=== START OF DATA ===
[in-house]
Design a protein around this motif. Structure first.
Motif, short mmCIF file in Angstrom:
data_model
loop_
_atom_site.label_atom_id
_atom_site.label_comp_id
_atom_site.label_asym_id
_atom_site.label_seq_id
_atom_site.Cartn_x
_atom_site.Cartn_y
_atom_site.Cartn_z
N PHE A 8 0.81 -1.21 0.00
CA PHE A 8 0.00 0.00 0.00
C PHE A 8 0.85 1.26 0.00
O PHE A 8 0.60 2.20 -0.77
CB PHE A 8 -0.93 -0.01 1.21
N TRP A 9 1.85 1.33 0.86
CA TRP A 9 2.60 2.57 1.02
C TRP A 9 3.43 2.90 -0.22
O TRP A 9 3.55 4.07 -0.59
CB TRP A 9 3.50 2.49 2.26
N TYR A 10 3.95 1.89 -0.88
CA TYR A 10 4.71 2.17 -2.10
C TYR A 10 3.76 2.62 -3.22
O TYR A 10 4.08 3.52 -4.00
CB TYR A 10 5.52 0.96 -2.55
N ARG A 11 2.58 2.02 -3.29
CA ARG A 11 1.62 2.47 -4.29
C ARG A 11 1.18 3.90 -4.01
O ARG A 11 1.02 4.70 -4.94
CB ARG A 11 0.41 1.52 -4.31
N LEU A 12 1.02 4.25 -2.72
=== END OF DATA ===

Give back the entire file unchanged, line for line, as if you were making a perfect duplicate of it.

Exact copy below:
[in-house]
Design a protein around this motif. Structure first.
Motif, short mmCIF file in Angstrom:
data_model
loop_
_atom_site.label_atom_id
_atom_site.label_comp_id
_atom_site.label_asym_id
_atom_site.label_seq_id
_atom_site.Cartn_x
_atom_site.Cartn_y
_atom_site.Cartn_z
N PHE A 8 0.81 -1.21 0.00
CA PHE A 8 0.00 0.00 0.00
C PHE A 8 0.85 1.26 0.00
O PHE A 8 0.60 2.20 -0.77
CB PHE A 8 -0.93 -0.01 1.21
N TRP A 9 1.85 1.33 0.86
CA TRP A 9 2.60 2.57 1.02
C TRP A 9 3.43 2.90 -0.22
O TRP A 9 3.55 4.07 -0.59
CB TRP A 9 3.50 2.49 2.26
N TYR A 10 3.95 1.89 -0.88
CA TYR A 10 4.71 2.17 -2.10
C TYR A 10 3.76 2.62 -3.22
O TYR A 10 4.08 3.52 -4.00
CB TYR A 10 5.52 0.96 -2.55
N ARG A 11 2.58 2.02 -3.29
CA ARG A 11 1.62 2.47 -4.29
C ARG A 11 1.18 3.90 -4.01
O ARG A 11 1.02 4.70 -4.94
CB ARG A 11 0.41 1.52 -4.31
N LEU A 12 1.02 4.25 -2.72